Exciting news. Our app has a new name – Healthily. Learn more
Find out how to prepare, cook and store food correctly to minimise the risk of food poisoning, including E. coli.
This page covers:
Storing and preparing meat
Cooking meat on a barbecue
Acrylamide in starchy food
Washing fruit and vegetables
Our hands are one of the main ways that germs are spread. Harmful bacteria can be spread very easily from people's hands to food, work surfaces and equipment.
It's always important to wash them thoroughly with soap and warm water before handling food, and especially after touching raw food, the bin, pets, and going to the toilet.
Find out how to wash your hands correctly.
Raw meat, including poultry, can contain harmful bacteria that can spread easily to anything it touches, including food, worktops, tables, chopping boards, and knives.
Take particular care to keep raw food separate from ready-to-eat foods such as bread, salad and fruit. These foods won't be cooked before you eat them, so any germs that get on to them won't be killed.
Find out why you should never wash raw chicken.
Read more about storing leftovers safely.
Cooking food at the right temperature will ensure any harmful bacteria are killed. Check that food's steaming hot throughout before you eat it.
The foods below need to be cooked thoroughly before eating:
When cooking burgers, sausages, chicken, and pork, cut into the middle to check that the meat's no longer pink, the juices run clear and it's steaming hot throughout.
When cooking a whole chicken or bird, pierce the thickest part of the leg (between the drumstick and the thigh) to check there's no pink meat and the juices are no longer pink or red.
Pork joints and rolled joints shouldn't be eaten pink or rare. To check when these types of joint are ready to eat, put a skewer into the centre of the meat and check there's no pink meat and the juices run clear.
It's safe to serve steak and other whole cuts of beef and lamb rare (not cooked in the middle) or blue (seared on the outside) as long as they have been properly sealed by cooking them quickly at a high temperature on the outside only. Bacteria is usually only found on the outer surfaces of these types of meat.
The safest option is to fully cook food in your oven and then put the cooked food on the barbecue for a short time so the flavour can develop.
This can be an easier option if you're cooking for a lot of people at the same time.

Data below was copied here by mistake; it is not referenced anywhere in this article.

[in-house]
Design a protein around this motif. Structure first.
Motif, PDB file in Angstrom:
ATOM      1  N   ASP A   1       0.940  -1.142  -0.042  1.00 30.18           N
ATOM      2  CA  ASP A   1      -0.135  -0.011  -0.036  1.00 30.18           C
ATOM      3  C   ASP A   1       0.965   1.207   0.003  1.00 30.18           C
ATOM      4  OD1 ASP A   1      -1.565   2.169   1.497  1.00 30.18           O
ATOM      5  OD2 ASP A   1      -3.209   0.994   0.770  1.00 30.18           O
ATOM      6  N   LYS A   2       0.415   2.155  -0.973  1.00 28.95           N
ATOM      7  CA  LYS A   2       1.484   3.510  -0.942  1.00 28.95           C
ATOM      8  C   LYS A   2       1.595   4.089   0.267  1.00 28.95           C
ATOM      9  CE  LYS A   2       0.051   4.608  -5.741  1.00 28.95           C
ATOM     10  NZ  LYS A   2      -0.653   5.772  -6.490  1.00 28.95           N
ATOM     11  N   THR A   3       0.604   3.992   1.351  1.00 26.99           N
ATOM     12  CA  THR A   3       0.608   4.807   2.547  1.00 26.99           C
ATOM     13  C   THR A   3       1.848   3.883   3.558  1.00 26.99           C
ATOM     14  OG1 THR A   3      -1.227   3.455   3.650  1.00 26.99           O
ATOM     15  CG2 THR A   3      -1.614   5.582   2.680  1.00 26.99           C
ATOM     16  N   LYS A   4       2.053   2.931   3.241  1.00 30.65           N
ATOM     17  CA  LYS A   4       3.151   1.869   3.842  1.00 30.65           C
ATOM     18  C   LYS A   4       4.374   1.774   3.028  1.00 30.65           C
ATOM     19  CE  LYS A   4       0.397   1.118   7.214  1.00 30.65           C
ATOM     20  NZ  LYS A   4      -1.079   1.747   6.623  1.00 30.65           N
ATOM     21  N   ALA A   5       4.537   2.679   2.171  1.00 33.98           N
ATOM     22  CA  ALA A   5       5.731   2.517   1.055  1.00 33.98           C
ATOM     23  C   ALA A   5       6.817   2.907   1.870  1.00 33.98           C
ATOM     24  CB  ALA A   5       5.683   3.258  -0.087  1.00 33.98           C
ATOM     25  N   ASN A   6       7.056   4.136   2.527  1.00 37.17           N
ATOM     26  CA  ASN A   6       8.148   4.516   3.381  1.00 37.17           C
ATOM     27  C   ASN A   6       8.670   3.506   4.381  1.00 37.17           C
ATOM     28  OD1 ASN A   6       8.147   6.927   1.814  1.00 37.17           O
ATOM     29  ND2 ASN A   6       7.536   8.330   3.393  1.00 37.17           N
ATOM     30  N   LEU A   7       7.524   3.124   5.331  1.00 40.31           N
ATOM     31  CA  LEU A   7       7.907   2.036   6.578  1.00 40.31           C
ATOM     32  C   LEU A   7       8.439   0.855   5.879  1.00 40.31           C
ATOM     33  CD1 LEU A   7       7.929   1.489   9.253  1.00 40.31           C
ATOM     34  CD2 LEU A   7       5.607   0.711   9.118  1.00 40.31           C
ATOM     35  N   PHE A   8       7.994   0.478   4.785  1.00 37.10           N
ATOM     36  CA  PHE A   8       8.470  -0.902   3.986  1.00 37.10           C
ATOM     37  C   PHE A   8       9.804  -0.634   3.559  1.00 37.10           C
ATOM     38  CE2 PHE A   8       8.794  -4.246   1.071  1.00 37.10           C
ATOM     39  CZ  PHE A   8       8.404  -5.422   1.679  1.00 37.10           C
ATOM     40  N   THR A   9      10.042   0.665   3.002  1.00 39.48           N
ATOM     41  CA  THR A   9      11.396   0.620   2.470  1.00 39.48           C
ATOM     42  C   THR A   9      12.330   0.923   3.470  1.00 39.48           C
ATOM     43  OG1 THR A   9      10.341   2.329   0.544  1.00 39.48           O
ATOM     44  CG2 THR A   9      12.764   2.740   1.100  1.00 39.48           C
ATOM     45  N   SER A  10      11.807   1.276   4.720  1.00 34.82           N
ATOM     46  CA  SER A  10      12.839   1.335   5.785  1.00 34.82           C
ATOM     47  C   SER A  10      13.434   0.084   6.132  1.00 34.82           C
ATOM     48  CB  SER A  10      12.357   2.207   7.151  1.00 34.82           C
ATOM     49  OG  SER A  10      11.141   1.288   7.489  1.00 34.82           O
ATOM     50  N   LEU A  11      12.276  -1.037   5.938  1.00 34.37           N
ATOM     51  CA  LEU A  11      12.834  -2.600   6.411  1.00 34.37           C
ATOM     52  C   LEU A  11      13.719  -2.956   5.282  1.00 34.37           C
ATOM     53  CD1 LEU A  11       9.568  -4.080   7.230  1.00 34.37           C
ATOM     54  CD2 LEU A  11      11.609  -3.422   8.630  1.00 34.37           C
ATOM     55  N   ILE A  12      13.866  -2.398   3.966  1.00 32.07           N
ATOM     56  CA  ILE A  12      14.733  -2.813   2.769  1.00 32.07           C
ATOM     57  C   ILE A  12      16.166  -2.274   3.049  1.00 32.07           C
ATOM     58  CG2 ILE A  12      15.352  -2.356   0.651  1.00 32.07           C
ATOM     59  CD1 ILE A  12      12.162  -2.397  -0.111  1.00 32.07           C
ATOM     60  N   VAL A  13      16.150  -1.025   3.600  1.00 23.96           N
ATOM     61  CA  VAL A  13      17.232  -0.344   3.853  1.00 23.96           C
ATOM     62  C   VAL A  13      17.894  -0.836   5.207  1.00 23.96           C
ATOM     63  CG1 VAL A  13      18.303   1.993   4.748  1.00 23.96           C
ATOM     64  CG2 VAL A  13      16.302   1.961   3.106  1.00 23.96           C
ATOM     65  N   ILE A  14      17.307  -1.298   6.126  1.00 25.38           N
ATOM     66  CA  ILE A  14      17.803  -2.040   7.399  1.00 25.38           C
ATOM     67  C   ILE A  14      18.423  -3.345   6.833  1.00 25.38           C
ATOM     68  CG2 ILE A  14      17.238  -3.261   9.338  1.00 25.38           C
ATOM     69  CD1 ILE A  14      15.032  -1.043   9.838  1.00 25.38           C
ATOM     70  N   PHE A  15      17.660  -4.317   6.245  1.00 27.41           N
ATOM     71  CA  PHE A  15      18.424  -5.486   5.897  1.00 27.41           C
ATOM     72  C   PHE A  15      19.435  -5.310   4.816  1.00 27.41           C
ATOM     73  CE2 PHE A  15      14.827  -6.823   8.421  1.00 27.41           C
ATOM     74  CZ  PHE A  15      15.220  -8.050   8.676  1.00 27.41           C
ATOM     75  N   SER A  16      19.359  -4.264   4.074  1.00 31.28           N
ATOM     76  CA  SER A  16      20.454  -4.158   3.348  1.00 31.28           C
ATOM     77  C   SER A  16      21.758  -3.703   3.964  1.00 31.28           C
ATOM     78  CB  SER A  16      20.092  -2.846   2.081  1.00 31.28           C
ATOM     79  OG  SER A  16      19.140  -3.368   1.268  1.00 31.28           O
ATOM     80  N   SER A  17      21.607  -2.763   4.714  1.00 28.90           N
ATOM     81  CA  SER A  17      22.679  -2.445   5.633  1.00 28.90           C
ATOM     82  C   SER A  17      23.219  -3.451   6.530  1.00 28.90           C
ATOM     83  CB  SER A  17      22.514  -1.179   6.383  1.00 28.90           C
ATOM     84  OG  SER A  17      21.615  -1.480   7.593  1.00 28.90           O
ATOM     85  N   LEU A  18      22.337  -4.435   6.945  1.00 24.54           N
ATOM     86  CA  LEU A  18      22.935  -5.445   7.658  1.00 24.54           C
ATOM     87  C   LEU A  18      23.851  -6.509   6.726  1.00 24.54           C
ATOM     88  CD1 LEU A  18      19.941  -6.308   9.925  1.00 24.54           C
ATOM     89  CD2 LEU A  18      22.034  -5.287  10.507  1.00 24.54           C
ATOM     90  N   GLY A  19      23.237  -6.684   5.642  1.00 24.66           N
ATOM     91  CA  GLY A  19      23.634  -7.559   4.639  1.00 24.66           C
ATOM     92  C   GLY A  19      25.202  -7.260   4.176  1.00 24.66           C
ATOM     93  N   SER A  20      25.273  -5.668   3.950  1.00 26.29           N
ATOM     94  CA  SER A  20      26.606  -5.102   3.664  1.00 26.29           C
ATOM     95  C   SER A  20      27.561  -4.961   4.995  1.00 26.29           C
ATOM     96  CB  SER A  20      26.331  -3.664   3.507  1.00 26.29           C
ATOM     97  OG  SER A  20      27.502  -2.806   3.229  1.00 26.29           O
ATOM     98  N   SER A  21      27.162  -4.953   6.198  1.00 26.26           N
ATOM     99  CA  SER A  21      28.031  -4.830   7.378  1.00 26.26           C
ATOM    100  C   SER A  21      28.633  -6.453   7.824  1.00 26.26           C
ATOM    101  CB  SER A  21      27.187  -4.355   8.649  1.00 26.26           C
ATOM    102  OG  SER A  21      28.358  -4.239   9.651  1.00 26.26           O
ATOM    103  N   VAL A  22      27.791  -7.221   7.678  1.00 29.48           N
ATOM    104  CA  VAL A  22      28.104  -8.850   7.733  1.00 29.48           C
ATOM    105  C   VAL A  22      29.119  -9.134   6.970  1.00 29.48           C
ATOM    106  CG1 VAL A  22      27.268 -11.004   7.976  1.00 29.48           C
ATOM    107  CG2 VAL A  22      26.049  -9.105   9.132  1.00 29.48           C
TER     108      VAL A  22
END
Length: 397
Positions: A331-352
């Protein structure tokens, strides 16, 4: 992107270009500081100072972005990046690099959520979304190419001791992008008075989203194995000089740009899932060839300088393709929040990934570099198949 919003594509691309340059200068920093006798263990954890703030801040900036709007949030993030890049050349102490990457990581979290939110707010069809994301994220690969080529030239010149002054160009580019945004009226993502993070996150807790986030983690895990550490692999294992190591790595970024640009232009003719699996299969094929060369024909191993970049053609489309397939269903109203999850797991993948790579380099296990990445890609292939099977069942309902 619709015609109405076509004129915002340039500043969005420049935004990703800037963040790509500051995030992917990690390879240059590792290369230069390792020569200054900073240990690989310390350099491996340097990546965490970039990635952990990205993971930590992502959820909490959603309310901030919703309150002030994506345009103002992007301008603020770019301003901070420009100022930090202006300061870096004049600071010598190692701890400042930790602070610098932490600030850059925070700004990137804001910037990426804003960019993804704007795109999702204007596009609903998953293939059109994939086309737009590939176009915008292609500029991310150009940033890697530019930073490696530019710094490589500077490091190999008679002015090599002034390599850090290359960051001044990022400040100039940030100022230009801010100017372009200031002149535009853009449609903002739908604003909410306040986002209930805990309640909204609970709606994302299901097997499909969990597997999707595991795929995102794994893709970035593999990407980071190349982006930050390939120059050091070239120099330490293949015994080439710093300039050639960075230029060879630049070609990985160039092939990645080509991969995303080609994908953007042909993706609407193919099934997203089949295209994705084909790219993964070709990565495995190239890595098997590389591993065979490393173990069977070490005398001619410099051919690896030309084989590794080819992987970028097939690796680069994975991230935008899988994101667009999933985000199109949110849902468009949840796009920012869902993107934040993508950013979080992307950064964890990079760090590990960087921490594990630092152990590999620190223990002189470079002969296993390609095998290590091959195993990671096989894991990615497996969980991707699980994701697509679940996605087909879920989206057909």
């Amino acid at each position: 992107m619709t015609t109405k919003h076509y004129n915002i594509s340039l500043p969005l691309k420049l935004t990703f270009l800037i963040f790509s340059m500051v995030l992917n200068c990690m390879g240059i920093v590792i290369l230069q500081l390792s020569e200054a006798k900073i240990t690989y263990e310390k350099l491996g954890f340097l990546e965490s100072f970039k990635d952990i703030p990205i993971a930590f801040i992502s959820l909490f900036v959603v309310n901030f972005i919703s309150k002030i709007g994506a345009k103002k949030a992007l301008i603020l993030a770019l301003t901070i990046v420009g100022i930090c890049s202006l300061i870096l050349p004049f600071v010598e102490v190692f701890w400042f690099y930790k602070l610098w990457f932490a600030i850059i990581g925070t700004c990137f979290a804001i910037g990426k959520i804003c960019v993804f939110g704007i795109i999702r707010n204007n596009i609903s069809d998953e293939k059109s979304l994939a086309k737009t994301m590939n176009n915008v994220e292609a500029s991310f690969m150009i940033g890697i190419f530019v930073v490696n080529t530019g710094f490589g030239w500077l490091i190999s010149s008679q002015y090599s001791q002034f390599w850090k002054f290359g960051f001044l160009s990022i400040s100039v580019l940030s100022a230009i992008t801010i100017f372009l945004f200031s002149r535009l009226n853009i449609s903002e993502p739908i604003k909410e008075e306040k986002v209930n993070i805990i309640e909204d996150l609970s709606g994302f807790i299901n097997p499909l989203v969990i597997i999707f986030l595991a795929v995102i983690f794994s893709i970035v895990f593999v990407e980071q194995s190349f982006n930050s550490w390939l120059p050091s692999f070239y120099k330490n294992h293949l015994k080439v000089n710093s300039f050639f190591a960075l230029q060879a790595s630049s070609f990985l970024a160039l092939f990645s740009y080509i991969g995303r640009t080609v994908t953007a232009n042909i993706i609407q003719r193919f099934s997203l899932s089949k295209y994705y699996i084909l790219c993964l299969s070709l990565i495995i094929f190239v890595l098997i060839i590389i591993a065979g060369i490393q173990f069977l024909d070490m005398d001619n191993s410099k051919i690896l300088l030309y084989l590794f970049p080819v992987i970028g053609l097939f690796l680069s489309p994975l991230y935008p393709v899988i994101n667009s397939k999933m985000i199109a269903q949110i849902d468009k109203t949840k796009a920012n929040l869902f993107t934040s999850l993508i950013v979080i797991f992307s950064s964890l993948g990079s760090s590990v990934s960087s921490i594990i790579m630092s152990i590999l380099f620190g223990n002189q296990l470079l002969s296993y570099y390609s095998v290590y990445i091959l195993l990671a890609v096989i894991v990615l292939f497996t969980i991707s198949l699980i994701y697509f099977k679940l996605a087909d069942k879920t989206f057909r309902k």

If you're only cooking on the barbecue, the two main risk factors are:
When you're cooking most types of meat on a barbecue, such as poultry (chicken and turkey, for example), pork, burgers or sausages, make sure:
Most types of meat are safe to eat only when:
Cooking with disposable barbecues can take longer.
Meat, such as steaks and joints of beef or lamb, can be served rare (not cooked in the middle) as long as the outside has been properly cooked. This will kill any bacteria on the outside of the meat.
Food made from any type of minced meat, such as pork sausages and beef burgers, must be cooked thoroughly all the way through.
Acrylamide is a chemical that's created when many foods, particularly starchy foods like potatoes and bread, are cooked at high temperatures (over 120C), such as when baking, frying, grilling, toasting, and roasting.
Boiling, steaming and microwave cooking are unlikely to create acrylamide.
There's evidence to show acrylamide has the potential to cause cancer.
The Food Standards Agency has the following tips to reduce your risk of acrylamide at home:
For more information, read Starchy foods and carbohydrates.
Wash fruit and vegetables under cold running water before you eat them. This helps remove visible dirt and germs that may be on the surface. Peeling or cooking fruit and vegetables can also remove these germs.
Never use washing-up liquid or other household cleaning products to clean fruit and vegetables, as they're not intended for human consumption and you may accidentally leave some of the product on the food.
Find out more about washing fruit and vegetables.
Important: Our website provides useful information but is not a substitute for medical advice. You should always seek the advice of your doctor when making decisions about your health.